He checks in at 6’4” 215lbs, and is a menacing figure to look at on the field. It’s not uncommon for him to tower above opposing defenders by two to three inches, if not more, and he is in the process of learning how to utilize that height to his advantage. The son of NBA legend David Robinson, Corey Robinson is looking to carve his own path, but do so in an entirely different sport.
The young man from Texas has been a fan favorite since showing up in South Bend, and his father sitting on the sidelines every game hasn’t hurt his reception with the Irish fan base either. Now it’s time though for him to become Corey Robinson, Notre Dame wide receiver, not just Corey Robinson, son of David Robinson.
In his freshmen year, Robinson played in all 13 games for Notre Dame, and grabbed 9 catches for 157 yards in the process. At times he looked awkward and unsure of himself, but one could see the talent and the ability that Notre Dame coaches Mike Denbrock and Kerry Cooks saw, when they initially started recruiting him. The 6’4” wide out wasn’t a highly sought after recruit, in fact Robinson had only seven offers, and the Notre Dame offer was by far the most prestigious. Robinson was rated for most of his recruitment as a three-star wide receiver, but that didn’t dissuade the Irish from making him a priority early on.
Going into his sophomore year, there was an excitement or buzz about what Corey could potentially bring to the table, and that was only enhanced by the 6-0 start to the 2014 season. While many expected a true breakout season last year, maybe unfairly, the numbers were nice, but not at the level that many were hoping for, or expected.
When it was time to step up though, he did just that tallying 8 catches for 99 yards and two touchdowns, against Florida State on the ABC Saturday night game – numbers that should have included another catch and another touchdown had it not been for that fateful, unquestionable call.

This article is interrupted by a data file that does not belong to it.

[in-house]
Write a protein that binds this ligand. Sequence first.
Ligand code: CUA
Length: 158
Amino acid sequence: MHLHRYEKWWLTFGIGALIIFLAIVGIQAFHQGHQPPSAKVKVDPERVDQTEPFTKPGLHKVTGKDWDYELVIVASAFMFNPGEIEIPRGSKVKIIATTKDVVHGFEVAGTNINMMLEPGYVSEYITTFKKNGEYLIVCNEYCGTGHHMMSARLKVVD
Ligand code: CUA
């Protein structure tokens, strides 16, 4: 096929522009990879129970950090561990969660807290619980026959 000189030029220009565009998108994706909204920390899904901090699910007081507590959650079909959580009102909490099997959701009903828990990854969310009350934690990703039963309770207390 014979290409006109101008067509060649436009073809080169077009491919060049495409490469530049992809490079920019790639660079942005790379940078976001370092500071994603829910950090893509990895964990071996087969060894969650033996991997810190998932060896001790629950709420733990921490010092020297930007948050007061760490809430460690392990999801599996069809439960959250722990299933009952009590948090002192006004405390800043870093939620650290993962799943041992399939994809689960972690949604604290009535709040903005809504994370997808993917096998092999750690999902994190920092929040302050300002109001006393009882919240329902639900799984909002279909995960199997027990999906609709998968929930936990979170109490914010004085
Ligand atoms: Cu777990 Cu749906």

We would also see him put up similar number against Syracuse earlier in the year. One also has to factor into the equation, the struggles behind center for the Notre Dame offense. How much did the regression of starting quarterback Everett Golson effect him in the second half of the season? We truly may never know, but it didn’t seem to have a tremendous impact on teammate Will Fuller, who put up strong numbers during the same exact period.
Having 40 catches for 539 yards, and five touchdowns in your sophomore season is nothing to ashamed of, and is a strong foundation to build on, that’s a given. If the Irish can get the quarterback situation solidified, and bring stability back to the offensive side the ball, it bodes well for Robinson. Also, having Will Fuller, a healthy Tori Hunter, Chris Brown, and adding Justin Brent into the mix, the Irish could be potent when it comes to catching the ball. Robinson should greatly benefit from that.
Not only is it no secret that Brian Kelly would like to get Corey Robinson more involved in the offense, he has publicly come out and said just that. As the 2015 season approaches it would seem how much Robinson is involved in the Irish offense will be up to him. As he enters his junior season, the staff and fans alike, are hoping for him not necessarily to transform his game, but rather have it evolve. Primarily thought of now as simply a red-zone threat because his size, the young wide receiver needs to understand how to become an every down threat. There is no denying Robinson’s talent, demeanor, lineage, and intelligence. Blend that all together and you come up with exactly what Brian Kelly is looking for, a potential All-American candidate who can take over a game when needed.